Nope, that's the opposite of what I am suggesting. EASA knows the kind of conductivity provided by coffee inside the console will not just shut down an engine, but also make it unrestartable. Sure, it's possible that other spills cause other outcomes, but we have two different incidents producing the same result. This suggests to me at least that we should be able to do better than this.

Are you suggesting these two incidents should be treated as a random coincidence?

zeke wrote:
They are not talking about moisture, they are talking about a cup of coffee.

Moisture is a subset of a cup of coffee. We've had other members posting that moisture in the cockpit has caused similar problems in the past. Now we know there's a mechanism that stops an engine and makes it unrestartable. That raises the bar IMO.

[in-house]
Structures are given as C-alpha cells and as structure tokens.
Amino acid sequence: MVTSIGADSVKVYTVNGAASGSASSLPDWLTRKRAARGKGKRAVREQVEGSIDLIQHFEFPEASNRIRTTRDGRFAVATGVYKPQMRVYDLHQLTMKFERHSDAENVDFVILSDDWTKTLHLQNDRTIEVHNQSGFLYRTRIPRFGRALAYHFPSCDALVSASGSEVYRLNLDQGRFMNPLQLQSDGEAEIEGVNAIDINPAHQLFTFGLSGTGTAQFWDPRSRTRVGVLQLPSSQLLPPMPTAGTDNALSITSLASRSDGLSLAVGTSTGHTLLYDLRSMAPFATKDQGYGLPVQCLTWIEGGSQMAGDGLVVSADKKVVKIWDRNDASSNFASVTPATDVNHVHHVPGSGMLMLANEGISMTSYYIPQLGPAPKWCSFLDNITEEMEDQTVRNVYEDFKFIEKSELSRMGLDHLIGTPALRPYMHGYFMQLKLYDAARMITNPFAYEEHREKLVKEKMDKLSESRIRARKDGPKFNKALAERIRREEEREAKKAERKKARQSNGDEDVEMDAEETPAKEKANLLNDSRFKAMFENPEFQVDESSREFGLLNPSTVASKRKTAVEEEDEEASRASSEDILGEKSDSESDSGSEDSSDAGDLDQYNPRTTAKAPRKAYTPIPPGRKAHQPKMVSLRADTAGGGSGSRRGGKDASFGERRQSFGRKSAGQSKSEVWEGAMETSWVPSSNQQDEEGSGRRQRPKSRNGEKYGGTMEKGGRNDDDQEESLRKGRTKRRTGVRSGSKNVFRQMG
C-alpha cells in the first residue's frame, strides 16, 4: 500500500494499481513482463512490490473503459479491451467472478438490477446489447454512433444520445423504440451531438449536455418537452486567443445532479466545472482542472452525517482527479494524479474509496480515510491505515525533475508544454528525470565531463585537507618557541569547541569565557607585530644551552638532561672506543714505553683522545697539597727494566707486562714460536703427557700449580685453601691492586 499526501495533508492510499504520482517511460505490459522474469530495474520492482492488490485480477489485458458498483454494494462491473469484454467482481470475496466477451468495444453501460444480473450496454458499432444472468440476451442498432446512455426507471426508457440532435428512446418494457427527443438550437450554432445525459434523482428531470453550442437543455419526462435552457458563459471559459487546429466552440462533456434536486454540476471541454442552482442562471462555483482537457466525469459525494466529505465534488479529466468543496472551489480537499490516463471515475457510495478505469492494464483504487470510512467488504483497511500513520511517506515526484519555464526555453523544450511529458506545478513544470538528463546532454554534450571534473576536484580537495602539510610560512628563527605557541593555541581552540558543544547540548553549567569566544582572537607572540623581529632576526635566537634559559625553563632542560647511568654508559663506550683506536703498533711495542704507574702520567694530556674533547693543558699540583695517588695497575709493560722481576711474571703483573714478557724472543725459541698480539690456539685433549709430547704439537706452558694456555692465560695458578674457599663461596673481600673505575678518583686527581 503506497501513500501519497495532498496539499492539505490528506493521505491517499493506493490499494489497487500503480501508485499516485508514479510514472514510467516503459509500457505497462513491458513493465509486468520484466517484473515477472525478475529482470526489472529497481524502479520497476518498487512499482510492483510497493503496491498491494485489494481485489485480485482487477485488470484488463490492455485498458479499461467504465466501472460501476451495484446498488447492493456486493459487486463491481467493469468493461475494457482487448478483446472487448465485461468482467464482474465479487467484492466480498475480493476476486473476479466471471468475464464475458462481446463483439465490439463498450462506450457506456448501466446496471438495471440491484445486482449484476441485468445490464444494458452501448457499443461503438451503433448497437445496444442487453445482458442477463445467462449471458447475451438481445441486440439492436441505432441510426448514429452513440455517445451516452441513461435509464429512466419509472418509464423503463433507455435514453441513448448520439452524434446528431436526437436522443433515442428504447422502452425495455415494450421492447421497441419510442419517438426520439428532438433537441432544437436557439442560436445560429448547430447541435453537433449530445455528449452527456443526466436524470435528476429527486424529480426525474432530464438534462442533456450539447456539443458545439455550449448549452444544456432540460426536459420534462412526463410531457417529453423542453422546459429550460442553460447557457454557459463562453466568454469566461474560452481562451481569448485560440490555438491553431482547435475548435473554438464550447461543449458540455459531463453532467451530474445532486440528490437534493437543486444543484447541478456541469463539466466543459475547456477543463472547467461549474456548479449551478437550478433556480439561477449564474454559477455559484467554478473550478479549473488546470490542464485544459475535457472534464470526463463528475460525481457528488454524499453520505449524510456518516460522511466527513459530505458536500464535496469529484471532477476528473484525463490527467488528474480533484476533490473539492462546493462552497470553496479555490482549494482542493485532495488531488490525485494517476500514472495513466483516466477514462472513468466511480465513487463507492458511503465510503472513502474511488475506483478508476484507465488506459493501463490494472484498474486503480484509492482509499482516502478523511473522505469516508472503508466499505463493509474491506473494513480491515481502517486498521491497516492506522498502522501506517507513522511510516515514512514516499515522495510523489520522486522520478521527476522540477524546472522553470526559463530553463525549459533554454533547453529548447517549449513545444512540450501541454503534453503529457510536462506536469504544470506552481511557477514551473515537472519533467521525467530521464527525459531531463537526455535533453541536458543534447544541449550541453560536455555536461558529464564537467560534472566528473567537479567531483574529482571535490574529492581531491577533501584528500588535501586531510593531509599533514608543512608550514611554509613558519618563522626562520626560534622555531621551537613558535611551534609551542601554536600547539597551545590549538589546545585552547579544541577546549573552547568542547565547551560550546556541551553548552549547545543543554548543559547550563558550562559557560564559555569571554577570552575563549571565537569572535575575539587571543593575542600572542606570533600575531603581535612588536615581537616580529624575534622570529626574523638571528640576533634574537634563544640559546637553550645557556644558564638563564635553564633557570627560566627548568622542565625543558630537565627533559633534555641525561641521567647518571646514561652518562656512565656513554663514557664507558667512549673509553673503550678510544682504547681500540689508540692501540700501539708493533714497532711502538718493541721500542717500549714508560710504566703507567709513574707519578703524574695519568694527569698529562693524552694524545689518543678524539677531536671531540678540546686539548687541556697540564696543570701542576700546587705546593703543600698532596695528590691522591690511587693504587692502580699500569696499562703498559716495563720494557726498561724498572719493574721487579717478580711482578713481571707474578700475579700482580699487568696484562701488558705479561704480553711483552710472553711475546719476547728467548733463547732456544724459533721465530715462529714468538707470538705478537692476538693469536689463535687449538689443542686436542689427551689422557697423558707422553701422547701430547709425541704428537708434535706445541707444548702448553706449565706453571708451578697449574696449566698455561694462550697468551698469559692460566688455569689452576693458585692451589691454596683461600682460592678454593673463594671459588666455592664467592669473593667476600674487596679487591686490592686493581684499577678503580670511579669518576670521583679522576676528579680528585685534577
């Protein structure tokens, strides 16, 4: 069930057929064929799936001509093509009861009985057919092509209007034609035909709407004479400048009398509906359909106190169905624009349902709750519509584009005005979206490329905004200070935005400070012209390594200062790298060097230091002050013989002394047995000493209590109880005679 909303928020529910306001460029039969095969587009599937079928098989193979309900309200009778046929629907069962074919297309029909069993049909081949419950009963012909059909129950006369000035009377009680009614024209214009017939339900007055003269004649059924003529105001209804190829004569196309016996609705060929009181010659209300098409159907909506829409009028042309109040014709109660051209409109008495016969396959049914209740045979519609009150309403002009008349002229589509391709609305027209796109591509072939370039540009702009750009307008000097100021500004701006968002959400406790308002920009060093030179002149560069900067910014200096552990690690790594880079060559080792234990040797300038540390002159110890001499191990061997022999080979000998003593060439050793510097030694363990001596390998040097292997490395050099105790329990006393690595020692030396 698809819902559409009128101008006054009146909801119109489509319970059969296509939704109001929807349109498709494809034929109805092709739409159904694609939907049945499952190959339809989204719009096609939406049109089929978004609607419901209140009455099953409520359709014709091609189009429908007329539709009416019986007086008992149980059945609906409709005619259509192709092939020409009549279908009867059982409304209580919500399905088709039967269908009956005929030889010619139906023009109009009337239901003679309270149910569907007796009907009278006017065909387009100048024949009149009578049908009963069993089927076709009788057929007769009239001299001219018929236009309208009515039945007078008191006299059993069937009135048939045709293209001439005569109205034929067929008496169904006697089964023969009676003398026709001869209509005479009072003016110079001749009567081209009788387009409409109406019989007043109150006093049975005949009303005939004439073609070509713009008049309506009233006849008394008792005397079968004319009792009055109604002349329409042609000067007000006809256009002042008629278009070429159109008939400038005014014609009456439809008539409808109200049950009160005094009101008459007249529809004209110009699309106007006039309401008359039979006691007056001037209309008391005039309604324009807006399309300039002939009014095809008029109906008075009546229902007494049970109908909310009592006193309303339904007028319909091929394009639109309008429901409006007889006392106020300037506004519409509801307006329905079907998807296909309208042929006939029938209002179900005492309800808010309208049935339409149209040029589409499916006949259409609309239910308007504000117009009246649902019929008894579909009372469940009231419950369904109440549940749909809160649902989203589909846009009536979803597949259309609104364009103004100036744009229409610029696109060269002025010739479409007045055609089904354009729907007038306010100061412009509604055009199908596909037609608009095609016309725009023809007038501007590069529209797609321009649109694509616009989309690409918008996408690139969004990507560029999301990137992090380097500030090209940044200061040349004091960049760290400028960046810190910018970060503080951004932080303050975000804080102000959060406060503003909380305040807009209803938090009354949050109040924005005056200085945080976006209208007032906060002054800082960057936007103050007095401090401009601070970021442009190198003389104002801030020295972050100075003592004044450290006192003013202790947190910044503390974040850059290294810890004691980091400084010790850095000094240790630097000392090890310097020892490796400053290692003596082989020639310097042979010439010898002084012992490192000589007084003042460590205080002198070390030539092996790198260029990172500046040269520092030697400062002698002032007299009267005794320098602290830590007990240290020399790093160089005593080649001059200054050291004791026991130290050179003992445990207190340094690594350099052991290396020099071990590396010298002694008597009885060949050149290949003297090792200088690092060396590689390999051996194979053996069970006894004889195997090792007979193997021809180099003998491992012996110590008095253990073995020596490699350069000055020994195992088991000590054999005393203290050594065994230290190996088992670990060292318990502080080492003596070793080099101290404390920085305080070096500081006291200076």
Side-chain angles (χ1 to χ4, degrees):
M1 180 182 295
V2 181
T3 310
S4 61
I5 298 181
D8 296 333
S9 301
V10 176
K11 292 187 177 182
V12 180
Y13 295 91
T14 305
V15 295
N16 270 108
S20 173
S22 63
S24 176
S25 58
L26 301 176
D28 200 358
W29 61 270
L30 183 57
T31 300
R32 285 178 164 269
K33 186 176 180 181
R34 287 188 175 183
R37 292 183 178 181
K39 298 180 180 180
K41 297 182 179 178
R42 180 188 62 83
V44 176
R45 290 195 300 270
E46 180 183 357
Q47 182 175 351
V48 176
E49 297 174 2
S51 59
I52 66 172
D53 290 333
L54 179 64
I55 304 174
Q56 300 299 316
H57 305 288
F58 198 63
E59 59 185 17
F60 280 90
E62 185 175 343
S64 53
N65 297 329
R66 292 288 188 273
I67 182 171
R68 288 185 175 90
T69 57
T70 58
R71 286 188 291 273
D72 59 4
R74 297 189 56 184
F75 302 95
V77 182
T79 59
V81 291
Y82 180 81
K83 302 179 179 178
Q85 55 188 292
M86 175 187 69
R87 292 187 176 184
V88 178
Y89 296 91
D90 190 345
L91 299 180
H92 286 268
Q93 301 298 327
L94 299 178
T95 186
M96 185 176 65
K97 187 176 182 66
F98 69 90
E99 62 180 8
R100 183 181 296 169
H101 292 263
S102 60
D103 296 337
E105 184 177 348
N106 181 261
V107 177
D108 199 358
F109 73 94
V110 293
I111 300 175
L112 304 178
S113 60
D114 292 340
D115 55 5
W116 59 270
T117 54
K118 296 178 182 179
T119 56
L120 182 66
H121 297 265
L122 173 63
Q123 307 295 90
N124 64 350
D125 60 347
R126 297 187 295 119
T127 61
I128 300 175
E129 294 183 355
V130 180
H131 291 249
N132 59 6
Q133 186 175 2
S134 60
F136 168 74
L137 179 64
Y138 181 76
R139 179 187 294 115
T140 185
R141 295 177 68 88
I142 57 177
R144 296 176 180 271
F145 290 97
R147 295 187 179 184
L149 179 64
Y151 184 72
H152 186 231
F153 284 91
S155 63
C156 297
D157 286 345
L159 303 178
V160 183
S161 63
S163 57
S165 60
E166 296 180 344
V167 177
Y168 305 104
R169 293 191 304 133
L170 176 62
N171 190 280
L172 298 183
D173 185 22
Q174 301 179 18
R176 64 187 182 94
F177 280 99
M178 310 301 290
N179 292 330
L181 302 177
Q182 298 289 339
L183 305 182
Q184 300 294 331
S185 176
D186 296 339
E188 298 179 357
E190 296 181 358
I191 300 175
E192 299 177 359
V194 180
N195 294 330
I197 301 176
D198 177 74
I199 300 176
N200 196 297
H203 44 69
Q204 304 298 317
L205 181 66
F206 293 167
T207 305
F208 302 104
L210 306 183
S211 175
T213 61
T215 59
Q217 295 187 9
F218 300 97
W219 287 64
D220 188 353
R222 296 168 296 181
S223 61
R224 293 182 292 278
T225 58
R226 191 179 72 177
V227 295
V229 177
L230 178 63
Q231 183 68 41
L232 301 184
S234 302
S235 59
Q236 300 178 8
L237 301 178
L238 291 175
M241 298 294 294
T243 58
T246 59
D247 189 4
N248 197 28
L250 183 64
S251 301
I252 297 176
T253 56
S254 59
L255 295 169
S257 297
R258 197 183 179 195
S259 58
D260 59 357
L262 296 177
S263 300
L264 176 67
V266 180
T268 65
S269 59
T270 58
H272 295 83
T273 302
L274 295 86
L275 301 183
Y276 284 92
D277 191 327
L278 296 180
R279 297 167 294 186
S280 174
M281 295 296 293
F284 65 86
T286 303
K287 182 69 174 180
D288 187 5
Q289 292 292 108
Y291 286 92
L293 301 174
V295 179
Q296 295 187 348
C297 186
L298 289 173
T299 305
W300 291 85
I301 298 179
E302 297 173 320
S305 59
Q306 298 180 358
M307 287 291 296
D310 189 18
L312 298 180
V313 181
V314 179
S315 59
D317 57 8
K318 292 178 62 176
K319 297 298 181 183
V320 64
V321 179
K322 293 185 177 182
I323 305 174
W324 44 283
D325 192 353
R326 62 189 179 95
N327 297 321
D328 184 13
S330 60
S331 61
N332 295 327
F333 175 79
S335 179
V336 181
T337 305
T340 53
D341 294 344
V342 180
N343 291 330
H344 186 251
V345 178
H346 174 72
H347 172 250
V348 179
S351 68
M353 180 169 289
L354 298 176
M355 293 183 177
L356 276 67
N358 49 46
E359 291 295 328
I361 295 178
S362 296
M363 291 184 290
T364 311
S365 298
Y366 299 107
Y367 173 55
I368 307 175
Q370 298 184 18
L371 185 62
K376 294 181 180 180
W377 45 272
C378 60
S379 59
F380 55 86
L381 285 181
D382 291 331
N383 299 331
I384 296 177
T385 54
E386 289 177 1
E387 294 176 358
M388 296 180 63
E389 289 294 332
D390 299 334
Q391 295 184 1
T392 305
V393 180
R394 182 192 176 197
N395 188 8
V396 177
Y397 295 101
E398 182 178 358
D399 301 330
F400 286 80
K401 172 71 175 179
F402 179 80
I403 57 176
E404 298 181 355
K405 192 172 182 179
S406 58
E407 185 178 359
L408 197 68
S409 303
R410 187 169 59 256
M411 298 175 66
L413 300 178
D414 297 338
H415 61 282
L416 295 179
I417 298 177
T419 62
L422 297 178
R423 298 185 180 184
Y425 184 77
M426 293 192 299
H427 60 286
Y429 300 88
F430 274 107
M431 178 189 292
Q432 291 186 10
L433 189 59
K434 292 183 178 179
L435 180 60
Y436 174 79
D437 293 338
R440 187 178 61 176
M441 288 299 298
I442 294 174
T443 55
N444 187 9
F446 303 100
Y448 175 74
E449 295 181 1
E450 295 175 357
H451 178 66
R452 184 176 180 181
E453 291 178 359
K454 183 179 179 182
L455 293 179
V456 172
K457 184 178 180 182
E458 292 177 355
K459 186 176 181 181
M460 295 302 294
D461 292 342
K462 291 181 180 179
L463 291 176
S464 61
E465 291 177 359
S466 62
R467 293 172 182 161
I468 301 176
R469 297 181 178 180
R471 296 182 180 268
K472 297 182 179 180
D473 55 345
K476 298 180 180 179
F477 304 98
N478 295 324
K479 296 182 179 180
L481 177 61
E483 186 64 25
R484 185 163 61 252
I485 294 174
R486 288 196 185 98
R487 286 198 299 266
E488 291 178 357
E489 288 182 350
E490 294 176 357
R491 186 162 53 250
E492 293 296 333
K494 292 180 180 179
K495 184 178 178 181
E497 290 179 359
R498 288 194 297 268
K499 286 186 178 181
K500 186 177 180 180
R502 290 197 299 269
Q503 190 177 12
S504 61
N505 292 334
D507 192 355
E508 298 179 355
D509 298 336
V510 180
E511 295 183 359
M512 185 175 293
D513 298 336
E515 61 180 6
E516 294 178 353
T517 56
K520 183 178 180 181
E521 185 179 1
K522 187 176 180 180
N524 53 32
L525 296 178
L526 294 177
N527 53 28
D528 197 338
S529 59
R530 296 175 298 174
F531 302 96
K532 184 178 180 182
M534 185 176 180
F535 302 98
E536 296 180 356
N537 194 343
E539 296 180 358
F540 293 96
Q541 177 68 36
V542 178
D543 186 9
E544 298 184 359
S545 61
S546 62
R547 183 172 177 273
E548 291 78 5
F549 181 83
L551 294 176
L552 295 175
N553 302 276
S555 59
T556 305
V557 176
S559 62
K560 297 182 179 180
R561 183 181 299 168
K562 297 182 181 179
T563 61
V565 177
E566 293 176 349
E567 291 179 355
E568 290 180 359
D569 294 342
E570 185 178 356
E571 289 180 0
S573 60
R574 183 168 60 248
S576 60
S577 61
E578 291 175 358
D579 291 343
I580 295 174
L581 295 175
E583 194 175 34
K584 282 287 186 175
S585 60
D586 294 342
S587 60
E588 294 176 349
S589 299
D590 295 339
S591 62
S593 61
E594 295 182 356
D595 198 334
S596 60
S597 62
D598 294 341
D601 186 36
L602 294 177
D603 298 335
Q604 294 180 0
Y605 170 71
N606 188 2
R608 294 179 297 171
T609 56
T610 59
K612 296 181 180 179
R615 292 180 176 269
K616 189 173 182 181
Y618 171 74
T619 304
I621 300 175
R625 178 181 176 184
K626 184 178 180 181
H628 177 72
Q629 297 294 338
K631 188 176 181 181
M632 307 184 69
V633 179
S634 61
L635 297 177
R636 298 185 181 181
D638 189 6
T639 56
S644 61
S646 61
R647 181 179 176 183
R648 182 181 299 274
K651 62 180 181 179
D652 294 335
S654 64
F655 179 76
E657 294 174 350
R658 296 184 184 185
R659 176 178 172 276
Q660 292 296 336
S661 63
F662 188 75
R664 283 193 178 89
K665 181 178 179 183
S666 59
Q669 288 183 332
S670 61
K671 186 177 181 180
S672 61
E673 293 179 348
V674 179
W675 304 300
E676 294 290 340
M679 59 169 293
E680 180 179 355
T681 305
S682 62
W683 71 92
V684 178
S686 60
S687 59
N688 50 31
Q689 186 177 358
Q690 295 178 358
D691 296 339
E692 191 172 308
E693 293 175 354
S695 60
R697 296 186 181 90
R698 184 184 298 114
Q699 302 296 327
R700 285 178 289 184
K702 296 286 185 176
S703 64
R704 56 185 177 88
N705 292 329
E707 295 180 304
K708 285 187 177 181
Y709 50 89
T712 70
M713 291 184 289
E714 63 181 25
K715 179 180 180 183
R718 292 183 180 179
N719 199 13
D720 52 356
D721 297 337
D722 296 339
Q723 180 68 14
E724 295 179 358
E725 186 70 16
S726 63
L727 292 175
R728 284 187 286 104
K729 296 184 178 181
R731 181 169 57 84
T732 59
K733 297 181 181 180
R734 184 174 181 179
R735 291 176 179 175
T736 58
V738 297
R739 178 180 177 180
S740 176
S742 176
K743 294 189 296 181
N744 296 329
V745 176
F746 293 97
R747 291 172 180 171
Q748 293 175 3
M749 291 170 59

zeke wrote:
Revelation wrote:
Anyone have links for the following?

Airbus A350 AFM TR 123 Issue 1 dated 05 February 2020.

Airbus FOT 999.0006/20 original issue dated 31 January 2020.


Yes I have them and some other updates.

You can download it from http://www.airbusworld.com/

Thanks, I'll take a look later.
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zeke
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Re: A350 engine shutdown incidents linked to cockpit drink spills

Thu Feb 06, 2020 3:50 pm

Revelation wrote:
Are you suggesting these two incidents should be treated as a random coincidence?